Poetry is an art form. And like all other art…
Poetry is an art form. And like all other art forms, such as painting, sculpture, or music, poetry makes use of elaborate tools, techniques, and practices. It can talk about a range of topics in the most interesting and beautiful way with the help of words, rhyme, or repetition. And what better way to describe this fascinating piece of art than using creative adjectives to describe poetry?
We’ve listed several words that can help give justice to your poem description. These can really come in handy when you’re writing a poetry review for a writing assignment.
What are Adjectives?
First things first, let’s try to define what adjectives are. This will help you better understand how you can use them in your sentences.
Adjectives are basically words that are used to describe nouns. It can give vivid details of an object’s unique characteristics, such as its size, color, texture, and so on.
To give better emphasis on quality, you can use intensifiers with your adjectives, such as “very” and “extremely.” Or better yet, you can also choose to use strong descriptors to omit the need for intensifiers. These words add more vivid details in a single word.
For example, instead of saying that something is “very tall,” you can say that it is “towering” or “sky-high.”
Creative Adjectives to Describe Poetry
Adjectives Related to Writing Style
- Articulate: Expresses thoughts, arguments, and ideas clearly in a poem that is easy to understand
- Chatty: Chatty writing styles are friendly and informal
- Circuitous: Taking a long time to explain what you mean when you talk or write
- Conversational: An informal approach to writing, it’s written as if it’s like a private conversation
- Crisp: Clear and compelling speech or writing
- Discursive: Includes information that may not be relevant to the main subject
- Eloquent: Using clear and compelling language to express what you mean
- Emphatic: Making your meaning very clear, as you have powerful feelings about the topic
- Epigrammatic: Expressing something in a short, clever, or humorous way
- Euphemistic: euphemistic expressions are used for talking about unpleasant or embarrassing subjects without mentioning the things themselves
- Flowery: Flowery language or writing is composed of deep and complicated words that can make it more appealing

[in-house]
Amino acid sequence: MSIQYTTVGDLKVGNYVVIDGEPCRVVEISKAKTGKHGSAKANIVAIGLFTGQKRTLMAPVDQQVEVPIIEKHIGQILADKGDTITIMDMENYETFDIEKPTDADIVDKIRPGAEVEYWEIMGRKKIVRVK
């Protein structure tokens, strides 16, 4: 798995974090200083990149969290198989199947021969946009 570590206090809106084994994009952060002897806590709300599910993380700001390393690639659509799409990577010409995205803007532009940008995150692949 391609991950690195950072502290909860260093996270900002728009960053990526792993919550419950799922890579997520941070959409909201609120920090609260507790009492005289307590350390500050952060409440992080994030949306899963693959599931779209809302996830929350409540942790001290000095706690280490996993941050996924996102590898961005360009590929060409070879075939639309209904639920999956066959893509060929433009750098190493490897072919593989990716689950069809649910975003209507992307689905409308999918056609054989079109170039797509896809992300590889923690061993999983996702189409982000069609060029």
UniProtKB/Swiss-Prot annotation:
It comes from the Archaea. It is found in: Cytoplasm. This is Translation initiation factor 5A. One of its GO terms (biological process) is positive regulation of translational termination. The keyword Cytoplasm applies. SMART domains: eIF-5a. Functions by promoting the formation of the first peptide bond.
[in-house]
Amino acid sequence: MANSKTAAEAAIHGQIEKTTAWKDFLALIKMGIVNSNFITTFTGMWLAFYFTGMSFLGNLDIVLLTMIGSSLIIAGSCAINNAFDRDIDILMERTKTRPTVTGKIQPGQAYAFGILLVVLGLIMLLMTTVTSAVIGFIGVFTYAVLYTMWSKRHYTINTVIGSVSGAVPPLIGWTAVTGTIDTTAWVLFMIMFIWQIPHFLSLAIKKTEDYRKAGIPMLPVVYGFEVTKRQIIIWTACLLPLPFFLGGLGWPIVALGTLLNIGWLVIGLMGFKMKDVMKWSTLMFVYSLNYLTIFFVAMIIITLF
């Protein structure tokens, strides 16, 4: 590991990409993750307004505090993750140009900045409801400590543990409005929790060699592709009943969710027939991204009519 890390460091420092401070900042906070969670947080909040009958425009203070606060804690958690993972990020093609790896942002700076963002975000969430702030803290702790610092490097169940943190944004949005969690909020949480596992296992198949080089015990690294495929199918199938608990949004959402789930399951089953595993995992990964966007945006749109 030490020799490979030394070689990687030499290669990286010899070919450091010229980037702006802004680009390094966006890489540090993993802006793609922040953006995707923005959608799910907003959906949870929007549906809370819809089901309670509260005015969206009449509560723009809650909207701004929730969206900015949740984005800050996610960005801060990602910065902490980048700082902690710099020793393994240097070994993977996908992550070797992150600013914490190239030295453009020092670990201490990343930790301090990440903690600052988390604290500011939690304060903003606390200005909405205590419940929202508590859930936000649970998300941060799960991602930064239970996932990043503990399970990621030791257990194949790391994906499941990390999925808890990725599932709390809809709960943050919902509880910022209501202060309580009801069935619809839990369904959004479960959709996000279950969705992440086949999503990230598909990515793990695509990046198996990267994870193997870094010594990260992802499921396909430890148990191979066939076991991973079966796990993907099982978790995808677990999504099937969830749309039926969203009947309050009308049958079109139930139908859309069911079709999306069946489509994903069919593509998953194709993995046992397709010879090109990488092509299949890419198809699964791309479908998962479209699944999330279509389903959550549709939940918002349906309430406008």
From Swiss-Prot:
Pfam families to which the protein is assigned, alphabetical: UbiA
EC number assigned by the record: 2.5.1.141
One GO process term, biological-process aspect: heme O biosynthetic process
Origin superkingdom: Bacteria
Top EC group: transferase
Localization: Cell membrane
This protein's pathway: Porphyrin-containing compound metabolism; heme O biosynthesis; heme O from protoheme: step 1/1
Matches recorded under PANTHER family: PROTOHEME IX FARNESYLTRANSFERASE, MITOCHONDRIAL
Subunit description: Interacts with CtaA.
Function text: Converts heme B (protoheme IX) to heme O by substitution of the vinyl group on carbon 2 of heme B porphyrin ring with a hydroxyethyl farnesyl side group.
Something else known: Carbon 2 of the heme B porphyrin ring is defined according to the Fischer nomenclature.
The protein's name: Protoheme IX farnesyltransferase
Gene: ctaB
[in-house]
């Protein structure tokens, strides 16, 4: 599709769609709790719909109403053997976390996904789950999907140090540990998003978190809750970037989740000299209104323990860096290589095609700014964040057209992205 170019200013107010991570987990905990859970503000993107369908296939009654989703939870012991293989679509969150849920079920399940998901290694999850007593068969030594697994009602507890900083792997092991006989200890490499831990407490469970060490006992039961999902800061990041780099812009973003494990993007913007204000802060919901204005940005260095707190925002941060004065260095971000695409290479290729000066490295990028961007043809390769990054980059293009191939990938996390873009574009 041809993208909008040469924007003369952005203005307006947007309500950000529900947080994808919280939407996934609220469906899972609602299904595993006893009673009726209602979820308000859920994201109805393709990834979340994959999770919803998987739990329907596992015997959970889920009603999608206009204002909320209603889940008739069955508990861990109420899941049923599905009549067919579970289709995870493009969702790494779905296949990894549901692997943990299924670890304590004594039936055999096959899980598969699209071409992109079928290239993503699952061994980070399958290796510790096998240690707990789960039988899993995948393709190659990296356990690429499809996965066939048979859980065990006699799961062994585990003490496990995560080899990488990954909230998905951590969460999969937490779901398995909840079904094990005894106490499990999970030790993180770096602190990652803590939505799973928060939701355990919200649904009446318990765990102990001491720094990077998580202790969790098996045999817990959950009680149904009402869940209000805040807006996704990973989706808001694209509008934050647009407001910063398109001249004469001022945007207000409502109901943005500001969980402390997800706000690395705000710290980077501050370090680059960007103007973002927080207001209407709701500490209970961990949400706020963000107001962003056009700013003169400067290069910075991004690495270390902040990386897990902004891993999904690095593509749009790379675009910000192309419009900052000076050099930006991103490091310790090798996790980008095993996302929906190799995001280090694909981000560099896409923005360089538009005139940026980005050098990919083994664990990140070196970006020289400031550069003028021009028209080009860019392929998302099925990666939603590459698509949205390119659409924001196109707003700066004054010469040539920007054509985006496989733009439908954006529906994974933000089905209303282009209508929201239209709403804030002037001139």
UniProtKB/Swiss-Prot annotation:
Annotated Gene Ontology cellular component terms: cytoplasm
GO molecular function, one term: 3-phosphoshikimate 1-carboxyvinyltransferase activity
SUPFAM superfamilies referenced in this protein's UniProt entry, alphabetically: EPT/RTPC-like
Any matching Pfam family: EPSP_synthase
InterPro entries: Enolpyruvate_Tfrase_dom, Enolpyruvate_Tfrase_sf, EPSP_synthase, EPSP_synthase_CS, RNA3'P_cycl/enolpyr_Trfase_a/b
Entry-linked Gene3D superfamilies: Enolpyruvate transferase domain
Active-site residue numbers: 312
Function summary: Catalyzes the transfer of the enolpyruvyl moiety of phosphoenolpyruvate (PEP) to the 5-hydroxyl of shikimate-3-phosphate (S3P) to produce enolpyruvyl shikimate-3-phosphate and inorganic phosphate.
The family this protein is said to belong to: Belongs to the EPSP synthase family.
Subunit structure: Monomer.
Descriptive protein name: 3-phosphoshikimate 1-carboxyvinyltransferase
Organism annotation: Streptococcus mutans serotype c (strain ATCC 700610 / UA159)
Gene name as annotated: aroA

- Grandiloquent: Written in highly formal language to impress people. But it often sounds silly to try too hard.
- Incoherent: Unable to express yourself clearly
- Journalistic: Written in a similar style to journalism
- Lyrical: Text that incorporates the qualities of music
- Ornate: Use of unusual words and complex sentences
- Pithy: A short and effective statement or piece of writing
- Rhetorical: A style of speaking or writing that is effective or intended to influence others
- Shakespearean: Uses the same style that Shakespeare uses in his writing
- Vague: A piece of writing that does not clearly or entirely explain something
- Verbose: Uses more words than necessary, which can make the piece tedious and lengthy
Adjectives for Tone of Writing
- Absurd: writing that is absurd; ridiculous; stupid; implausible; foolish
- Aggressive: a hostile tone that usually conveys anger
- Apathetic: a lack of empathy and interest
- Benevolent: seeks to do good rather than harm
- Celebratory: a tone that is full of joy
- Compassionate: a kind and understanding tone
- Cynical: a mood of distrust, pessimism, and negativity
- Depressing: a sad tone or mood
- Facetious: a tone that is silly and lighthearted
- Gentle: typically a soft tone that uses a gentle way of talking
- Humorous: often amusing and that uses irony, sarcasm, or dry wit
- Inspirational: a tone that usually harnesses positivity
- Incredulous: a tone that is filled with disbelief or astonishment
- Judgmental: serious, stern, often critical tone.
- Mourning: a somber and grieving tone
- Nostalgic: evokes feelings of nostalgia or longing
- Outraged: angry and often shows hostility.
- Persuasive: uses logic, reason, and facts to persuade
- Pragmatic: realistic and practical, typically used to address current problems
- Satirical: often poking fun at people and writing in a sharp manner
- Sentimental: a gentle, caring, or sentimental tone that can have over-the-top emotions
- Vindictive: a spiteful tone
Poetry is an art form that fuels inspiration and imagination. And you can describe it mainly through its tone and writing style. With the proper adjectives to describe poetry, you’ll be able to capture the message and mood of the poem fully.